By Jose Lopez: For 40 years, Luis Camacho has run a community boxing gym behind a deserted grocery store in New York City’s South Bronx, where young men learn the skills they need to win in the ring and in life. In a neighborhood better known for quick deals and short lives, the Bronxchester Boxing Club is a proving ground and a sanctuary.
Some of the fighters the head trainer and founder of Bronxchester BC has worked with include some of the greats of the sports past, “Where to begin?” he told me. “Roberto Duran, Mike Tyson, Wilfred Gomez, Wilfred Benitez, Juan Laporte, Alex Ramos, Chris Eubank, and my cousin, Hector Camacho, Sr. That’s off the top of my head.”
With the finals of the New York Daily News Golden Gloves on the horizon (29-30/03), Luis is a keen eye each year at the MSG Theatre. As former president of USA Boxing Metro, Camacho knows of what he speaks. “I don’t know what it is about the Golden Gloves,” he said. “It just seems that when that Golden Gloves entry form appears in the paper, people wake up to the fact amateur boxing is alive in New York.”
The nation’s longest-running, biggest and most historic amateur boxing tournament is still alive and kicking with 1,500 entrants this year. “We would get more than 40% of our annual registrations from the Golden Gloves,” confirmed Camacho. “People came out of the woodwork.”
His theory on why less New York boxers win national glory is quite simple. “The (NY) Gloves is very different from any other tournament,” said Camacho. “The kids in the Gloves fight more like professionals than any other amateur competition.”
Camacho said the “slugging” style employed by many of the boxers in the Gloves hurts at the national and international level: “There are a lot of guys who have to learn to box using the international rules.
“Here in New York, the pro style is the way kids learn. So many professional fighters work in the gyms all over the city that there’s a natural influence on the kids.
“The greatest exception I can come up with for you is my fighter Alex Ramos, a determined yet limited slugger-type, defeating multiple national champion Mike McCallum in the semi-finals of the 1980 (NY) Gloves.”
A follow-up story is that Luis wouldn’t be speaking to us today had his man not beaten McCallum. “That victory we had actually saved our lives,” he explained. “Had Alex not beaten Mike he would have been on the flight carrying the USA Boxing Team to Warsaw, Poland. The plane crashed, killing so many great fighters, trainers, corner men, all of whom were our friends.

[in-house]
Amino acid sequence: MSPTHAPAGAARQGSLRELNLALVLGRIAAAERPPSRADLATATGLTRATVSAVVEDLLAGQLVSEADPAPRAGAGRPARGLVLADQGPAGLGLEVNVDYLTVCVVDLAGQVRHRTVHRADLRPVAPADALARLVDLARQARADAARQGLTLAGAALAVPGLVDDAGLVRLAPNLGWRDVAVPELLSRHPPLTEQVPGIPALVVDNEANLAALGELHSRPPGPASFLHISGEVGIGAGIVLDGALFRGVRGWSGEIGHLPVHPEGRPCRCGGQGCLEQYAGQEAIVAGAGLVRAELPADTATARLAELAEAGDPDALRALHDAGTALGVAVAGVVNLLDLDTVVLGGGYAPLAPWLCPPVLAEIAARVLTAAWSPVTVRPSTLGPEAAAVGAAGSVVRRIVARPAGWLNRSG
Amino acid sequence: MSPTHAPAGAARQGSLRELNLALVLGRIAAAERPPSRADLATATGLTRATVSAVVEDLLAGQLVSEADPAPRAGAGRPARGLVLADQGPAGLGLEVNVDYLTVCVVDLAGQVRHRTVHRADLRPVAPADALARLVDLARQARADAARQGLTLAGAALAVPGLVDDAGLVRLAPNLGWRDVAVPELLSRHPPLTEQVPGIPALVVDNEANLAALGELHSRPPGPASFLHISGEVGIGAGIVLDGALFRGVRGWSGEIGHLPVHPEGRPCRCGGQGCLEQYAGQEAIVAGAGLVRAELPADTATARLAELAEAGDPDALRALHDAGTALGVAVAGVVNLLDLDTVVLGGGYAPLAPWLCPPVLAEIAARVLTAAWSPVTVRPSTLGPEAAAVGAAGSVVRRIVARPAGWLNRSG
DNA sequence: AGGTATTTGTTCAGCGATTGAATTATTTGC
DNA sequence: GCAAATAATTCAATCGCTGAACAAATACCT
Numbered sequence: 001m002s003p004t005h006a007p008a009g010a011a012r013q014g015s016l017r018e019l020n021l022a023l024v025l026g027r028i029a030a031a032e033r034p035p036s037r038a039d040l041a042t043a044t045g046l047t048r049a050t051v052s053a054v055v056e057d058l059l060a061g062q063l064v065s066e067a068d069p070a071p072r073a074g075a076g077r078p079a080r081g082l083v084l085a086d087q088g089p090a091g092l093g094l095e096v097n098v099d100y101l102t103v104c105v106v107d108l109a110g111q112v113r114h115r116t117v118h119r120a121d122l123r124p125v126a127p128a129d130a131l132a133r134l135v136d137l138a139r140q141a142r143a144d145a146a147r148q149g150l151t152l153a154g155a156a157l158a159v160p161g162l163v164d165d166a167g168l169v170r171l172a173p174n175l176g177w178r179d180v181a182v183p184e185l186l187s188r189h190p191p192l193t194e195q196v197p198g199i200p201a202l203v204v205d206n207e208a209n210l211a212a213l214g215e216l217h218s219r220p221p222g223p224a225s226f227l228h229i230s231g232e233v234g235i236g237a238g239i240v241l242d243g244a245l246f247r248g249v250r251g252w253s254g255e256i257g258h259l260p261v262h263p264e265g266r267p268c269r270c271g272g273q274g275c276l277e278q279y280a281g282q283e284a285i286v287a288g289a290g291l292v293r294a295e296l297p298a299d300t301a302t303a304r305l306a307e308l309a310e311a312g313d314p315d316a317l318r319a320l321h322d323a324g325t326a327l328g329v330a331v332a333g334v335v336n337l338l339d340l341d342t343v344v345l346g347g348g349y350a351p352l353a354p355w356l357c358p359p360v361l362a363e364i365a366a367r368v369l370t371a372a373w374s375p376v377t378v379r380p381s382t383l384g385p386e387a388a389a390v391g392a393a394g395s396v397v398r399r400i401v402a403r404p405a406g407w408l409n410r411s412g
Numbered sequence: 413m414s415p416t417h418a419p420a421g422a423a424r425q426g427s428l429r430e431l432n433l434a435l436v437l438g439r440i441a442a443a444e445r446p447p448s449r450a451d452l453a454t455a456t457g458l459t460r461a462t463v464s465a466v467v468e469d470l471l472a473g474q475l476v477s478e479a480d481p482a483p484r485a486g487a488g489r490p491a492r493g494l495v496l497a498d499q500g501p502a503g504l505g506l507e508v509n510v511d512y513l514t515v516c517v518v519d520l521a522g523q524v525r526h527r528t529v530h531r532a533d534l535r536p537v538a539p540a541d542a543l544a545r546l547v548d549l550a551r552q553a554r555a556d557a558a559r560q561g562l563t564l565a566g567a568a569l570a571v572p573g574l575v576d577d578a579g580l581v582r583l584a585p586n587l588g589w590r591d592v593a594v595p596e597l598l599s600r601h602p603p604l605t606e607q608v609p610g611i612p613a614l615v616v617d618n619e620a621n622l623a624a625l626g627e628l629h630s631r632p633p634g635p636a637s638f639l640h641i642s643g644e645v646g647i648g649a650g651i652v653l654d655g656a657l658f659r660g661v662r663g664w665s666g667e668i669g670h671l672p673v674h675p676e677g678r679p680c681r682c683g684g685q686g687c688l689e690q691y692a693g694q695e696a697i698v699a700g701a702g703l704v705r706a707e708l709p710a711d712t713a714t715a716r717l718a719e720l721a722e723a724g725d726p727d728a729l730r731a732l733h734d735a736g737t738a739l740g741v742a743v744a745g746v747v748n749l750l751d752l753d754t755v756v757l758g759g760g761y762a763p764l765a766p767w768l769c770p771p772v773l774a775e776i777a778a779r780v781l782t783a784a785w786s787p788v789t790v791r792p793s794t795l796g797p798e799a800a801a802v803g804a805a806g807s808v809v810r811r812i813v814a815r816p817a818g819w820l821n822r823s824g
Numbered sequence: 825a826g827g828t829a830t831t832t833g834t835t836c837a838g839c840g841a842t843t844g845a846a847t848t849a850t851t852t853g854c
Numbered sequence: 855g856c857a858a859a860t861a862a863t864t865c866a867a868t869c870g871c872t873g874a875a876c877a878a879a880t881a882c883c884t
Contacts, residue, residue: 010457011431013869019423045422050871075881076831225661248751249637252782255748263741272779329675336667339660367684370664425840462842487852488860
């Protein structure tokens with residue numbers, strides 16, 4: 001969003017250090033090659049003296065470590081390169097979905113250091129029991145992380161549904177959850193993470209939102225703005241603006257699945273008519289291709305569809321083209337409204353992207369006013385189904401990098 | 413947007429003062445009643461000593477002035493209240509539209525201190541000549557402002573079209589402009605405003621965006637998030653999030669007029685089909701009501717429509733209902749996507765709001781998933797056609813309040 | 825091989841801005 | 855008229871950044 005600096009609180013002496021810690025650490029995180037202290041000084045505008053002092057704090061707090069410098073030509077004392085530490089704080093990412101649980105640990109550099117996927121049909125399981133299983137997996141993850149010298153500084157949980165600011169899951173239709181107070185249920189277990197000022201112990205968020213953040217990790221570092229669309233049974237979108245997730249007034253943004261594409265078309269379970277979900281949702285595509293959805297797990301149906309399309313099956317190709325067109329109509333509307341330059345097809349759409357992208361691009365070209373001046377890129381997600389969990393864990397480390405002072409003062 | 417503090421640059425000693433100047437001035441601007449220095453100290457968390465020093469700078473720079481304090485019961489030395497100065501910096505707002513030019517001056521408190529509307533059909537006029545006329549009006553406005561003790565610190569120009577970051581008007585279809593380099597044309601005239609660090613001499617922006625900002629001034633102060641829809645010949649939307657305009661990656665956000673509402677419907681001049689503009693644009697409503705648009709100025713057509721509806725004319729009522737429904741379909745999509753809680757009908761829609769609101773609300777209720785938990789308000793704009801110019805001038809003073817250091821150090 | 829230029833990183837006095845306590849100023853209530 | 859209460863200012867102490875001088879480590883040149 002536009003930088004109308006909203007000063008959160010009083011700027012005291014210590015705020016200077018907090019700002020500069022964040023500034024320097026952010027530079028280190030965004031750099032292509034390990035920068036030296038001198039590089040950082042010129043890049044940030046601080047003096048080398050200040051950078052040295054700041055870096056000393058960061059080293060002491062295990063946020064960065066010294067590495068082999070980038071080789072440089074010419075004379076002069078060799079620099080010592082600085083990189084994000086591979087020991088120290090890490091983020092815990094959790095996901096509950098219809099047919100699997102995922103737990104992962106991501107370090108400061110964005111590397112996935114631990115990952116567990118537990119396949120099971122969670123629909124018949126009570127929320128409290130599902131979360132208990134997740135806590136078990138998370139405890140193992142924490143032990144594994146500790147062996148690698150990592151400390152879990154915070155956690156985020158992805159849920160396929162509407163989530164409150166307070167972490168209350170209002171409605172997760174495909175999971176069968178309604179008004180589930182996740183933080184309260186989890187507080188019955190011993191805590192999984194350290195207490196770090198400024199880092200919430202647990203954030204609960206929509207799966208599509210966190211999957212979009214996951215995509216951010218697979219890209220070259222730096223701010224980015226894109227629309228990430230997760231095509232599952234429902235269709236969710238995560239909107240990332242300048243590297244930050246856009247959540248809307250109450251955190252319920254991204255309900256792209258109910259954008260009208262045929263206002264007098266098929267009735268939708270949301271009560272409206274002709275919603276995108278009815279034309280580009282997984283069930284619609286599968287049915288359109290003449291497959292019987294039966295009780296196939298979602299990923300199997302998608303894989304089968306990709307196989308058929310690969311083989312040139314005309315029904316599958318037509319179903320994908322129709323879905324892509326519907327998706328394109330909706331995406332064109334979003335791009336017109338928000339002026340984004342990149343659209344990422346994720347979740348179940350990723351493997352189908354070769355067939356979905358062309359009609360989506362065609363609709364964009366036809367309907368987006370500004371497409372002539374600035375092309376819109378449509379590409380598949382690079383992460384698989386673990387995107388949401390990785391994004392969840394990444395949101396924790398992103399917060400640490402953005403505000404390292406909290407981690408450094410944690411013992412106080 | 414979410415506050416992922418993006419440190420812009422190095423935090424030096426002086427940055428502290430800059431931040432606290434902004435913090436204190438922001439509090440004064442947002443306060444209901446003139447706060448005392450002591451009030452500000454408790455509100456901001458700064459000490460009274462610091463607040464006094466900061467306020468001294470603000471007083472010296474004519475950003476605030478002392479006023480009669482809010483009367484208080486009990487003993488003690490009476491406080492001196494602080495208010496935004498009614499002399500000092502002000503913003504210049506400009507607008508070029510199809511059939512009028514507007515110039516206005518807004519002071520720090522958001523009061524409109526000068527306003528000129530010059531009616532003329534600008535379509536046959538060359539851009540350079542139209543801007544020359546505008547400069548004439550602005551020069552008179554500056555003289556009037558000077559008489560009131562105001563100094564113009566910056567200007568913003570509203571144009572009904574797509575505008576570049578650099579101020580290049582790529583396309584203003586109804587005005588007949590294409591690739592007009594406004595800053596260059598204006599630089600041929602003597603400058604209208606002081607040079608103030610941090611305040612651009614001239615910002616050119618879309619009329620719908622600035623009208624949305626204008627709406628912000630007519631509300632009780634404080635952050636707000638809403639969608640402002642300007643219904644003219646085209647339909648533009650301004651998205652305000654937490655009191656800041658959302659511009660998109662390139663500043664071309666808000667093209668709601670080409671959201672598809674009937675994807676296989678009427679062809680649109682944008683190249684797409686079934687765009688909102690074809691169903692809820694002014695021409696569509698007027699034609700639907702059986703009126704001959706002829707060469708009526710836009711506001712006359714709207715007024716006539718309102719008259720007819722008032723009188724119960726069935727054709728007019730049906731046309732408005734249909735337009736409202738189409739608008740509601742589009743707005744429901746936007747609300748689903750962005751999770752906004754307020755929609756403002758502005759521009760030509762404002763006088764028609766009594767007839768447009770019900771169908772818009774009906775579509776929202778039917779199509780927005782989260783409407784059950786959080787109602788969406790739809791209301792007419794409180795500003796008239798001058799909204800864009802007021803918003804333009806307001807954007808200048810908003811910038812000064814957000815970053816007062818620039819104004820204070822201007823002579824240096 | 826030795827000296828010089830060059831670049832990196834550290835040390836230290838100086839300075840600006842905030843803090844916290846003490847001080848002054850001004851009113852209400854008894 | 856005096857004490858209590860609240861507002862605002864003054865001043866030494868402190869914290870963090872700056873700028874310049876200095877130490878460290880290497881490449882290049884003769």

“But we stayed in New York to contest the Gloves Final.”
His praise for former USBA Champion Ramos’ physical strength takes some beating. “Alex was stronger than (Mike) Tyson, even as a middleweight; when he was 12 years old he was knocking 25 year olds cold on the canvas.”
The most talented fighter he saw wasn’t Duran or Benitez, but the UK’s eccentric then-future champion. “The most gifted fighter I ever worked with was Chris Eubank, who later became a world champion in England. When I first saw him at the gym, I just thought he was exceptionally light on his feet for a middleweight and exceptionally relaxed for a rookie that he was.
“He would just step in at the right times with quick, short jabs and quick, short shots, while remaining relaxed and without worry.
“We followed his career. If you stood in front of Chris he picked you apart because he was just too gifted, but if you rushed him or stayed away you did better because he was almost too relaxed for his own good, Chris. He always was.”
The cousin of three-time World Champion Hector “Macho” Camacho, Luis was already a well-known trainer of Olympic and professional fighters when he opened the Bronxchester Boxing Club. Here, Camacho and former trainee Angel Alejandro dedicate themselves, body and soul, to the lives of their young athletes. “The truth is, this is home away from home for these kids,” says Camacho. “This is their neighborhood gym, this is where they learn the boxing, this is where they learn what life is all about.”
Alejandro knows first hand how a love of boxing and a good trainer can keep a young man out of trouble and on the right path; he had his own run-ins with the law until he wandered into Camacho’s gym at the age of 16 and turned his life around. “You have to be their coach, their trainer, their father, their godfather, their big brother,” says Alejandro. “We learn a lot about discipline in boxing. You carry that on to your life. When you step into the ring, you have to dig deep. That’s where you find out what you’re really made of.”
We know Camacho is made of the good stuff.